Five films over five weeks, celebrating Marilyn Monroe for the talented and charismatic performer that she was.
Wednesday 1st April, 7pm: The Misfits (1961) Rated PG
Gay Langland (Clark Gable) is an ageing farm hand, travelling the byways and working rodeos with his two friends. The three men come up with a plan to corral some misfit mustangs and sell them for dog food, but Gay's new girlfriend Roslyn (Marilyn Monroe), a high-minded ex-stripper from Reno, is appalled by the plan. Although both Gay's friends are also in love with Roslyn, she stands by Gay, sure that in the end he will do the right thing. Written by renowned American Playwright Arthur Miller (Death of a Salesman), The Misfits was Monroe’s last film before her death in 1962.
Sunday 5th April, 7pm: Gentlemen Prefer Blondes (1953) Rated PG
Monroe stars as the blonde in question - Lorelei Lee, whose philosophy is “diamonds are a girl’s best friend.” Together with her best (human) friend Dorothy, Lorelei embarks upon a boat trip to Paris, where she intends to marry millionaire Gus Esmond. Lorelei finds herself mixed up with flirtatious diamond merchant Sir Francis Beekman and precocious youngster Henry Spofford the Third when she tries to find a wealthier suitor for Dorothy than the poverty-stricken Malone – the private detective hired by Esmond’s father to make sure Lorelei isn’t just another gold-digger after his money. Gentlemen Prefer Blondes is filled with comedic gags and musical numbers, the most memorable of which is ‘Diamonds Are a Girl’s Best Friend’ sung by Monroe in her iconic pink dress.
Wednesday 8th April, 7pm: Bus Stop (1956) Rated PG
Cherie (Marilyn Monroe) a talentless but ambitious nightclub singer, captures the heart of naive never- been-kissed Montana rodeo champ Bo (Don Murray). So enthralled by Cherie, he decides they will marry – despite her protestations. Too stubborn to listen, he forces her on the bus home to Montana, but when the bus is snowed in at a bus stop no one is going anywhere for the time being. Unlike most of Monroe’s films, Bus Stop is neither a fully-fledged comedy nor musical. Monroe’s costuming, make-up and hair reflected the down-and-out nature of her character and she deliberately provided mediocre singing and dancing. The New York Times proclaimed: "Hold on to your chairs, everybody, and get set for a rattling surprise. Marilyn Monroe has finally proved herself an actress." Bus Stop is the first film she appeared in after studying at the Actors Studio with Lee Strasburg in New York.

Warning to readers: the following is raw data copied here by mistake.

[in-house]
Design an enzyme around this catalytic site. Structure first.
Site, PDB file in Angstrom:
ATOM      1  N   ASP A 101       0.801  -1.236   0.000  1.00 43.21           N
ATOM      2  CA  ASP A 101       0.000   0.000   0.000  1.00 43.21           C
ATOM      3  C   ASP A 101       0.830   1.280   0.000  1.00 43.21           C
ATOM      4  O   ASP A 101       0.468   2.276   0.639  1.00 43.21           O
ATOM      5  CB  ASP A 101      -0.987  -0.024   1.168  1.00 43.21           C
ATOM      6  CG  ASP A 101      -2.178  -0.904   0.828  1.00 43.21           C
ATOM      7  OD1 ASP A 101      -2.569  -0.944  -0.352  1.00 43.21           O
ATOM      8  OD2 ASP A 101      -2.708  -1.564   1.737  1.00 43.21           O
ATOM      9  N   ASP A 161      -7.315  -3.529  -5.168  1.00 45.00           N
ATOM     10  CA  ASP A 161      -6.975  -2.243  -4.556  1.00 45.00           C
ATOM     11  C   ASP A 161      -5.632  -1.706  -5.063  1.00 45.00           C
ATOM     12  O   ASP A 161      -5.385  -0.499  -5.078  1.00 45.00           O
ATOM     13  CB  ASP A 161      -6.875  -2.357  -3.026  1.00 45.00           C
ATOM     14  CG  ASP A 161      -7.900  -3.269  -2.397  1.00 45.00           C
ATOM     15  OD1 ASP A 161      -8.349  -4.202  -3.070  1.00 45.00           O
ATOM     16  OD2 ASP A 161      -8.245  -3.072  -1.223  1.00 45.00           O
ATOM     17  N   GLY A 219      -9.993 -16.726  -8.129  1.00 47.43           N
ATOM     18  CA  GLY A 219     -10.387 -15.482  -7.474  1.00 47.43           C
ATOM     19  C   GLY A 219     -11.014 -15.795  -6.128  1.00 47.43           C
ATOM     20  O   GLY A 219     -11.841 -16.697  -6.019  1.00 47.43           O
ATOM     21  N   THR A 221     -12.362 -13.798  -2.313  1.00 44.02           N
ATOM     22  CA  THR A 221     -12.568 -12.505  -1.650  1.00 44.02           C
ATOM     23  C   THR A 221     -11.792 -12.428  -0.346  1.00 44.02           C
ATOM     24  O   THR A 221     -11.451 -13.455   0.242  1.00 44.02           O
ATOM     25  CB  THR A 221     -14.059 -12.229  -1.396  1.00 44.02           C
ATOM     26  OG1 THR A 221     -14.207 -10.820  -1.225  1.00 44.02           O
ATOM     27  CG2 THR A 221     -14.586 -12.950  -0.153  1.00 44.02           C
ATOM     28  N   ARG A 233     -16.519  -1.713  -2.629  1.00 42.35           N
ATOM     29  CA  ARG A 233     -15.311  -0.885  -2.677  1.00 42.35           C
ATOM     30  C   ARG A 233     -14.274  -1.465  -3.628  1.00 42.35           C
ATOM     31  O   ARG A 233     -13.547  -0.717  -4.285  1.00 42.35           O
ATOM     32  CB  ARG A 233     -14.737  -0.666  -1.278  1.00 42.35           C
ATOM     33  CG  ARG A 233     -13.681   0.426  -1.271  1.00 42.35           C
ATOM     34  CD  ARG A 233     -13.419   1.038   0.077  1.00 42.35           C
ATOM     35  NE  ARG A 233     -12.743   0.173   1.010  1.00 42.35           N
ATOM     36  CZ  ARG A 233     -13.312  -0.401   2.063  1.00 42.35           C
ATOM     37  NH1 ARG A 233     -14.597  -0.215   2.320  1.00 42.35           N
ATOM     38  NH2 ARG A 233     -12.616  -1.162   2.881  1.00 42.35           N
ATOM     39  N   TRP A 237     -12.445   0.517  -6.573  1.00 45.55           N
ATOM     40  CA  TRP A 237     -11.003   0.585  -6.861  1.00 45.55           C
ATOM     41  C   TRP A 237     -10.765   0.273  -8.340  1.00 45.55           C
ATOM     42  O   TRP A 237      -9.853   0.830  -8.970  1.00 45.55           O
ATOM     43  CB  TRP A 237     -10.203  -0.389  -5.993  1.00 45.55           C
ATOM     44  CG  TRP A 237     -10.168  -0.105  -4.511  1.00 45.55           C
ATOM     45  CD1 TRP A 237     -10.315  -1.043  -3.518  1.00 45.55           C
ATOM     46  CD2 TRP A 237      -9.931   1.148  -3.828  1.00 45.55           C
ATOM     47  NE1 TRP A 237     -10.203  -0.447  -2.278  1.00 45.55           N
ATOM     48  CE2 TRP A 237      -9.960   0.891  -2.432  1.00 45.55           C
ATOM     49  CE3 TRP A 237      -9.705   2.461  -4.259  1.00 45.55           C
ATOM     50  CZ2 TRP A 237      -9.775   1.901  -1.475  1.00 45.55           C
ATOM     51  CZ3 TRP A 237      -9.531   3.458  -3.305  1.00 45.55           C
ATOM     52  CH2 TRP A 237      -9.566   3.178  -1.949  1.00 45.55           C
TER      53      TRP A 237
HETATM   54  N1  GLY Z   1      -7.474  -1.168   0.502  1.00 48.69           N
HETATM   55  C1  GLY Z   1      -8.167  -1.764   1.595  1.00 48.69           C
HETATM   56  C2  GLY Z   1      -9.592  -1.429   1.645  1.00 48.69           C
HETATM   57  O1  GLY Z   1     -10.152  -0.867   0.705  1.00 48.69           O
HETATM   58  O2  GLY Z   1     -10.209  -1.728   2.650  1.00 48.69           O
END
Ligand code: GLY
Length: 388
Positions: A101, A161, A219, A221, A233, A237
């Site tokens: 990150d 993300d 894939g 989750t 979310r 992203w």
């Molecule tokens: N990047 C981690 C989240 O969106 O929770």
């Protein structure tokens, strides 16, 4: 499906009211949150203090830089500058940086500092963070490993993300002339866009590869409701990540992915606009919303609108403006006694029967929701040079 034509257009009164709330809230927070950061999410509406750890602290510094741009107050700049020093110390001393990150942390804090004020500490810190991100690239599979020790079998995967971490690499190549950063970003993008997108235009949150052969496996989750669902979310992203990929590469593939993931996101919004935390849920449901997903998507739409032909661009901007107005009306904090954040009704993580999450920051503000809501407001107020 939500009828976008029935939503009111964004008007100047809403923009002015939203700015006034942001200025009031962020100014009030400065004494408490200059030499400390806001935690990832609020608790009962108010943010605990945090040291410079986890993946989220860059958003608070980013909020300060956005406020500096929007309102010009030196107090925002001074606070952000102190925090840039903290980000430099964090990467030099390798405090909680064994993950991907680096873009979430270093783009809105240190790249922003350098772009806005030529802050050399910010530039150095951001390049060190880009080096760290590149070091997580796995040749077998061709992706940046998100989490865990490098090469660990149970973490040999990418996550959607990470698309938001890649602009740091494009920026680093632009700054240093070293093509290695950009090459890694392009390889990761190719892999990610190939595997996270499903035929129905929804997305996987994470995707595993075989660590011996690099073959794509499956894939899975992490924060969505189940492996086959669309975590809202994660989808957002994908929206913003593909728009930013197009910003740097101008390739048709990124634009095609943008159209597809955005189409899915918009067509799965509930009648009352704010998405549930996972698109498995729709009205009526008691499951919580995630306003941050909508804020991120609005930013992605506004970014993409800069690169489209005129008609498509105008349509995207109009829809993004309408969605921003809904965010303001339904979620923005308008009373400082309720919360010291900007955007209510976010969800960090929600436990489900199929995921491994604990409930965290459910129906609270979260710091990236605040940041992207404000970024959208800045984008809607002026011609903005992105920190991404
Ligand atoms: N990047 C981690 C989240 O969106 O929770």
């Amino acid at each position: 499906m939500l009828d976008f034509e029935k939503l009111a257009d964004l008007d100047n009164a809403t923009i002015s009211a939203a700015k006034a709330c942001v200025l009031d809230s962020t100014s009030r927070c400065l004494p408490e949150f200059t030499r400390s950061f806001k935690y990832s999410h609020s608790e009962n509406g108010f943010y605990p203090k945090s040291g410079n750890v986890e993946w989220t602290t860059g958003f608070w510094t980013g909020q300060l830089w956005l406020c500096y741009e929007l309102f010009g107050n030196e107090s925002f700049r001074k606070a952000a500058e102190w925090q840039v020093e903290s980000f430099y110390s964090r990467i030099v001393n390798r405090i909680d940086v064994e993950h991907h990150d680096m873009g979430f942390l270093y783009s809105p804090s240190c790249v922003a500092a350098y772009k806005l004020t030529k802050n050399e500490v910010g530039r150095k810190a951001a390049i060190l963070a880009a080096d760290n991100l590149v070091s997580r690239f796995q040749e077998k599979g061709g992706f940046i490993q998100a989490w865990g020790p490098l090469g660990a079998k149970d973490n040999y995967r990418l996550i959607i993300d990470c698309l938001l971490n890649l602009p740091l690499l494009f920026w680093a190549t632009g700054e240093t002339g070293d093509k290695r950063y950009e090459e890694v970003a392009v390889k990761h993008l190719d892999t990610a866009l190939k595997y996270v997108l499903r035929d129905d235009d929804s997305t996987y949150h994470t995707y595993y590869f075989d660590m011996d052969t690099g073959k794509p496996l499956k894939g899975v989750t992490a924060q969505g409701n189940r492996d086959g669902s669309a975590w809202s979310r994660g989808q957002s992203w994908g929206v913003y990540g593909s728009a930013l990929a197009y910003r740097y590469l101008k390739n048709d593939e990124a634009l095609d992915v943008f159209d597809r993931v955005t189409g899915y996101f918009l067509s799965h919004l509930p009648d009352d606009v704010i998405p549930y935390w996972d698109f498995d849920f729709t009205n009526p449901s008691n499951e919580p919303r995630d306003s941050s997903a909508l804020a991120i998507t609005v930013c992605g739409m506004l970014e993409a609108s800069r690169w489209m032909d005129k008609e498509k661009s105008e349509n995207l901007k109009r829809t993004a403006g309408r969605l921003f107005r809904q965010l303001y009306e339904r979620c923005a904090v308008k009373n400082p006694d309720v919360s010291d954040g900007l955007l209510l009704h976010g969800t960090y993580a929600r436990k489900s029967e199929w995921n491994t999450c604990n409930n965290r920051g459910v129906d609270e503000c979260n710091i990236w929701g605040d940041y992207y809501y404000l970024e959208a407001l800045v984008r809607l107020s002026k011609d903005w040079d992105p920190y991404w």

Wednesday 15th April, 7pm: The Seven Year Itch (1955) Rated PG
Like thousands of other Manhattanites, Tom Ewell annually packs his wife (Evelyn Keyes) and children off to summer vacation, staying behind to work at the office. This particular summer, the lonely Ewell begins fantasising about the many women he'd foresworn upon getting married. He is jolted back to reality when he meets his new neighbor - luscious model Marilyn Monroe. Inviting Monroe to dinner, Ewell intends to sweep her off her feet and into the boudoir. Things don't quite work out that way, thanks to Ewell's clumsiness (and essential decency) and Monroe's naivety. The Seven Year Itch features Monroe in her pleated white halter dress standing over a subway gate, which became the most iconic image in cinema history.
Sunday 19th April, 7pm: Some Like it Hot (1959) Rated PG
The movie too hot for words! Two struggling musicians witness the St. Valentine's Day Massacre and try to find a way out of the city before they are found and killed by the mob. The only job that will pay their way is an all girl band so the two dress up as women. In addition to hiding, each has his own problems; one falls for another band member but can't tell her his gender, and the other has a rich suitor who will not take "No" for an answer.
This perfect screwball comedy reveals how talented Monroe was as a comedic actress.
Dates and times
- 1 April 2015 7:00pm
- 5 April 2015 7:00pm
- 8 April 2015 7:00pm
- 15 April 2015 7:00pm
- 19 April 2015 7:00pm
Perth Cultural Centre Screen
Perth Cultural Centre, James Street Amphitheatre, (Bordered by Roe Street, Beaufort Street, Francis Street and William Street)